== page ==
The Presence of Evil in "Where Are You Going, Where Have You Been?"
Since Joyce Carol Oates's phenomenal appearance on the literary scene in the mid-1960s, she has certainly been one of America's most prolific and talked-about writers. The author of more than twenty novels and numerous volumes of short stories, poems, plays, and essays, she has drawn the attention of readers and critics alike. Whatever one's opinion of Oates's work may be, it is not possible to ignore her importance as a writer, particularly one who chronicles life in twentieth-century America. Oates has been compared to Fyodor Dostoyevsky, Honore de Balzac, and William Faulkner for her efforts to portray an entire culture of people. It is not surprising that she has been compared to these greats, for Oates also tries to explain some of the mysteries of life, believing that a ''writer's job, ideally, is to act as the conscience of his race."
In her essays on D.H. Lawrence and W.B. Yeats, Oates has expressed her interest in "the richness of pain and chaos." Certainly, these elements are apparent in Oates's own writing, and many critics have commented on the bleak nature of her fiction and on the many unpleasant things that happen to her characters. Oates has noted, ''People frequently misunderstand serious art because it is often violent and unattractive. I wish the world were a prettier place, but I wouldn't be honest as a writer if I ignored the actual conditions around me." These words apply particularly well to one of her best-known stories, which was based on the case of an Arizona serial killer who preyed on teenage girls. The prize-winning "Where Are You Going, Where Have You Been?" depicts fifteen-year-old Connie, a "typical" American girl, who is seduced into what we assume will be her rape and murder. Oates mirrors reality in this horrifying portrayal, stinting only on the physical details while deftly exploring Connie's mental terror.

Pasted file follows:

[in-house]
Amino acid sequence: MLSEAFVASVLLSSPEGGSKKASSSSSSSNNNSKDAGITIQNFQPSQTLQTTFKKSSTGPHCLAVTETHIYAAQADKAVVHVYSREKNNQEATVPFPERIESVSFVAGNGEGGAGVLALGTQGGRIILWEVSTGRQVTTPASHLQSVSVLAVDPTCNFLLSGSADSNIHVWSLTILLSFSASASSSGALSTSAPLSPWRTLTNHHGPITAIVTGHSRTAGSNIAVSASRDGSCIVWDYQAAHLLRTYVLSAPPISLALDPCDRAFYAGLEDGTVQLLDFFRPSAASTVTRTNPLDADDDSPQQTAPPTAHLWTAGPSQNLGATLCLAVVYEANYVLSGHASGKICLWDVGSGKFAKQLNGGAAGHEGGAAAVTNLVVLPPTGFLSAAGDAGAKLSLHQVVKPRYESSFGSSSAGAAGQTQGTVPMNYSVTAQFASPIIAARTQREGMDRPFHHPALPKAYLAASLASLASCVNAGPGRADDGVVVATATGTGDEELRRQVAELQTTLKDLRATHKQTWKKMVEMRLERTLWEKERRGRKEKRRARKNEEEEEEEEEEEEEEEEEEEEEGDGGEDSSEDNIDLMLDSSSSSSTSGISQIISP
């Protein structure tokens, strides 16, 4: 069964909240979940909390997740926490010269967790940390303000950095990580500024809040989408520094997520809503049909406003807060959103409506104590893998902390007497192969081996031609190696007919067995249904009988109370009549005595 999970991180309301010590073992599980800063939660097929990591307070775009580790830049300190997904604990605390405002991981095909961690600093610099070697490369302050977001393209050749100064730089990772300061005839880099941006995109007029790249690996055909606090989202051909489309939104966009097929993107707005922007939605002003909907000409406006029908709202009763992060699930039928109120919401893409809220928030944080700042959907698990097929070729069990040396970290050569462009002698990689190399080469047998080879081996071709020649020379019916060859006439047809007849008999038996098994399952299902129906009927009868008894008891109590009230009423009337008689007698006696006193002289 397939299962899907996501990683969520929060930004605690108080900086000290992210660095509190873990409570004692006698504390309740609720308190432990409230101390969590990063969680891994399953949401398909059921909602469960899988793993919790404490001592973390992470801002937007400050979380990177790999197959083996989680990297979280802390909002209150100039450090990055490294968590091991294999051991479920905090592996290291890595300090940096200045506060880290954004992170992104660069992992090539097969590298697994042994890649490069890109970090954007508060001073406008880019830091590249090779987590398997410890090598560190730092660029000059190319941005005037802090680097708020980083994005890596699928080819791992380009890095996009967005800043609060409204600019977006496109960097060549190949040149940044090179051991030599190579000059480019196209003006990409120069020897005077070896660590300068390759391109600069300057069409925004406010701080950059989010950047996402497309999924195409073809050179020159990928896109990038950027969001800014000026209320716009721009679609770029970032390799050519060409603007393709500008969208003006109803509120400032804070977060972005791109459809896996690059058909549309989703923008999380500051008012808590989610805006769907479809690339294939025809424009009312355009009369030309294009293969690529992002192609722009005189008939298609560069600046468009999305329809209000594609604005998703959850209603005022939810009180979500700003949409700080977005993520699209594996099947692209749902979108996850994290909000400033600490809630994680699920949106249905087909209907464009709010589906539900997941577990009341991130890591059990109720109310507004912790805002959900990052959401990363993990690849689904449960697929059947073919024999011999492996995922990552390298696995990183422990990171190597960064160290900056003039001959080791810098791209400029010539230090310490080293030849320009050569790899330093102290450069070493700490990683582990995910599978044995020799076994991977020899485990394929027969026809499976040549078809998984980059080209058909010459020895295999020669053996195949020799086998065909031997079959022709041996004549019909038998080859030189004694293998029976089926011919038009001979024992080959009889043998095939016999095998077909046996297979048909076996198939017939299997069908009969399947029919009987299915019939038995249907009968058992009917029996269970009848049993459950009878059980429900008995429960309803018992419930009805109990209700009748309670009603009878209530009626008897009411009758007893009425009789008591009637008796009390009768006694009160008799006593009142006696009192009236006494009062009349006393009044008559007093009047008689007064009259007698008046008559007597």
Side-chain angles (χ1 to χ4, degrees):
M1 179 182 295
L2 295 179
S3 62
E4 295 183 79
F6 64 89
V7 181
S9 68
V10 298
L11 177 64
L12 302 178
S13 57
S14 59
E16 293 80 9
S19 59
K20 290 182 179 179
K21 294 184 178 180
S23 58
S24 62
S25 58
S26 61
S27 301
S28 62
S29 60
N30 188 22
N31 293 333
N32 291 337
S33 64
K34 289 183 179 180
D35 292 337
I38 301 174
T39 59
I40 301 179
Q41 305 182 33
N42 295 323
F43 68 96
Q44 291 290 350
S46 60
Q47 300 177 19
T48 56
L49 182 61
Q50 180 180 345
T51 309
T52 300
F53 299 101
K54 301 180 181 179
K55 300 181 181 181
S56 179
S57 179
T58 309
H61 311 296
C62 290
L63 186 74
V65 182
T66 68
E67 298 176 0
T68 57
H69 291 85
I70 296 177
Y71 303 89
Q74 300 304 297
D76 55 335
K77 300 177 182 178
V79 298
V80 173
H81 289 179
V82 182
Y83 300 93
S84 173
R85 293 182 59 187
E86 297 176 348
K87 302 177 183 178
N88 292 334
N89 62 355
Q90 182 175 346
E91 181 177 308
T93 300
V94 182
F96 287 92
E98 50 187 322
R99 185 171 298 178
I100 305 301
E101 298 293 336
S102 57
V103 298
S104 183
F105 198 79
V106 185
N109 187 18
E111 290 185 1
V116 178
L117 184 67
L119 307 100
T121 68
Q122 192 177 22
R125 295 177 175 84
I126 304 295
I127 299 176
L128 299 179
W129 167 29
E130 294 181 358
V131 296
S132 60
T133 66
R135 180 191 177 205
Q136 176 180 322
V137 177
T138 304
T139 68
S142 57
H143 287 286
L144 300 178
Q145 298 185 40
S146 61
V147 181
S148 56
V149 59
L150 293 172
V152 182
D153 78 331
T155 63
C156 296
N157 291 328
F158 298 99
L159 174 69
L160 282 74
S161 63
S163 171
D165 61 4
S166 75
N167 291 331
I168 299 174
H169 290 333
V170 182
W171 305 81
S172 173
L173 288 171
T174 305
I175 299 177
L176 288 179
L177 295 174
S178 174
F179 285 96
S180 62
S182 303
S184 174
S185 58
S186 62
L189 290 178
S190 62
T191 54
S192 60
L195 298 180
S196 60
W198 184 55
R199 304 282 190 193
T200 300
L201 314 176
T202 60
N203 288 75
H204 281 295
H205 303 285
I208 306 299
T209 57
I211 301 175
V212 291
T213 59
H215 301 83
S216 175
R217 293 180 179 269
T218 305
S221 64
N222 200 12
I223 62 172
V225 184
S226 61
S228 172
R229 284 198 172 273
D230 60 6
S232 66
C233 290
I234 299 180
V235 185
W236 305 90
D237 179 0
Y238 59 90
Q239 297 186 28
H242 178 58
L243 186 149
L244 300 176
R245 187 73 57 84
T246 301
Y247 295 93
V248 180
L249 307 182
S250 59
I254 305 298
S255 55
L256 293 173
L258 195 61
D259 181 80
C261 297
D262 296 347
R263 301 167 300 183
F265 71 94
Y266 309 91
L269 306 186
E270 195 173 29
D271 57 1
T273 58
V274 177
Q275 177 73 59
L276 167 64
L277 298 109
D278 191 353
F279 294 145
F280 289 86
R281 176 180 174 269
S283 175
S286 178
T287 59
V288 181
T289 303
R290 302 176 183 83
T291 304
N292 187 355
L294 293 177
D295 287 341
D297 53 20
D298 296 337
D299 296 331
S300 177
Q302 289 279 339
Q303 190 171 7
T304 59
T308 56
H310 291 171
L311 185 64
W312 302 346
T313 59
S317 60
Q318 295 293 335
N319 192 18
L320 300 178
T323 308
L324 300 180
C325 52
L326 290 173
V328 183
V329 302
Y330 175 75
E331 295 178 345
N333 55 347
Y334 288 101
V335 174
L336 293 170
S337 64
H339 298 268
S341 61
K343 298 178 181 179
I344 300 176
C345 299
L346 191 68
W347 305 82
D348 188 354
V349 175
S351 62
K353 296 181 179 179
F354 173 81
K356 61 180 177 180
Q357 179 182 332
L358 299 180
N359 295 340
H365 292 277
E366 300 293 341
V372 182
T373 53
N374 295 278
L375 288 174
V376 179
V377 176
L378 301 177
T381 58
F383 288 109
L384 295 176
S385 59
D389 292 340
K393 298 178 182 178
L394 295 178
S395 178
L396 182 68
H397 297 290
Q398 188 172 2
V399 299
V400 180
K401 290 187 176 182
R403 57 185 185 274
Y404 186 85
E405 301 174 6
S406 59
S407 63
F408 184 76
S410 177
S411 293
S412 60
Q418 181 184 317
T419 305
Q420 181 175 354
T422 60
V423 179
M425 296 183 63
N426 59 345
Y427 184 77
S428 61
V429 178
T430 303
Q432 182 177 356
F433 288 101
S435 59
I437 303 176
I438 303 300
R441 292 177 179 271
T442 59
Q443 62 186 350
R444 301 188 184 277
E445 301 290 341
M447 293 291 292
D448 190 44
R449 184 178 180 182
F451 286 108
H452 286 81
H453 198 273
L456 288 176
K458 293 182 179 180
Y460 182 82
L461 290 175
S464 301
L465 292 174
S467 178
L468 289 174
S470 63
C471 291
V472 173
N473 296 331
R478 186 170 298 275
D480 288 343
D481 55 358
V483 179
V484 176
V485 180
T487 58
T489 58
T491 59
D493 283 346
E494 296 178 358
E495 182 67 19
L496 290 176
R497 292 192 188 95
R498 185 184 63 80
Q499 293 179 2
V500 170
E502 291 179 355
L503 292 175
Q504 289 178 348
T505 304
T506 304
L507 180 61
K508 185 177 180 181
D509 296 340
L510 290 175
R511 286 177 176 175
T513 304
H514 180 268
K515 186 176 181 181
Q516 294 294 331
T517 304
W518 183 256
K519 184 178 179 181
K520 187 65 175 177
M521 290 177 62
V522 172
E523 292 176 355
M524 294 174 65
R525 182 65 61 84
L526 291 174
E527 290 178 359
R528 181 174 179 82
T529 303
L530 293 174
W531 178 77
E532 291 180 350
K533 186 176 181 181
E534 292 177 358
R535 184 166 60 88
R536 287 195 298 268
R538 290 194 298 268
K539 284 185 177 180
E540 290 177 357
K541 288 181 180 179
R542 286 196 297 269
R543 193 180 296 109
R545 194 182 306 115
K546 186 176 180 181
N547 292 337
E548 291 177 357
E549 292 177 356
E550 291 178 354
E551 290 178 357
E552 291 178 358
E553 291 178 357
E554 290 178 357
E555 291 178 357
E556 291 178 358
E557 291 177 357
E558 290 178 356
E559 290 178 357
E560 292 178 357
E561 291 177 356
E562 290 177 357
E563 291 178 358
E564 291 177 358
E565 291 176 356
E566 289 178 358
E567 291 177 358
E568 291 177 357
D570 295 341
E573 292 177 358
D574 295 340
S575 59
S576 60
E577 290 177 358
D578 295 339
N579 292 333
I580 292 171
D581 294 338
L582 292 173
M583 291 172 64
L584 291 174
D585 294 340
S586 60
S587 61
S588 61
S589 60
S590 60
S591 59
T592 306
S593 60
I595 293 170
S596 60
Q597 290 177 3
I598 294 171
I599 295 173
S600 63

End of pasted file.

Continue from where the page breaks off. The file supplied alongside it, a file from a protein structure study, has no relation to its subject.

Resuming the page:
As with much of Oates's fiction, "Where Are You Going, Where Have You Been?" uses the technique of psychological realism, funneling the narrative through Connie's consciousness, along with elements of gothic horror, to chilling effect. The story has been subject to differing interpretations by various critics. It has been seen as an inverted fairy tale in which Connie is joined not with Prince Charming but with the Prince of Darkness. These readers have pointed out similarities between Arnold Friend and the devil: his disguise, his supernatural knowledge of the whereabouts of Connie's family, his ability to lure Connie to him against her will, even his very name, which is by no coincidence close to ''Arch Fiend.'' Others see it as a tale of initiation into evil, with the end depicting Connie's acceptance of the depraved American culture. Here Connie inhabits a world of moral impoverishment in which only the false and tawdry are revered. The loss of Connie to Arnold Friend is thus not only the story of one girl's fatal misperception of appearances but also a representation of a loss of innocence.
There are still others who read the story as a feminist allegory which suggests that young women of today, like the generations that have come before them, are headed into sexual bondage. When Connie, the innocent female, walks out of the house to meet what may be her demise, she also represents the spiritual death of women at the moment they give up their independence to the desire of the sexually threatening male.
In addition to reading ''Where Are You Going, Where Have You Been?" for its critical interpretation, it can also be enjoyed as a finely crafted story. Oates's control over her narrative is clearly evident as she introduces a protagonist who is familiar enough to earn the reader's empathy, yet still able to surprise. Connie, despite her shallowness, is ultimately likeable. She is suffering, not from a malicious desire to be cruel, but merely from romantic delusions in her search for a "sweet, gentle" love ''the way it was in movies and promised in songs.'' Connie's behavior, when she is in the public eye, testifies to this need: her voice is "high-pitched and nervous"; her face "pleased and expectant" as she enters the drive-in; while sitting at the counter her shoulders are "rigid with excitement." Whereas Connie is proud of herself for mingling in the world of older teenagers and for fooling her "simple" mother, the reader sees the danger she can encounter in being places where she does not belong. Thus when Arnold, the boy at the drive-in who warns Connie, "Gonna get you, babe," shows up...
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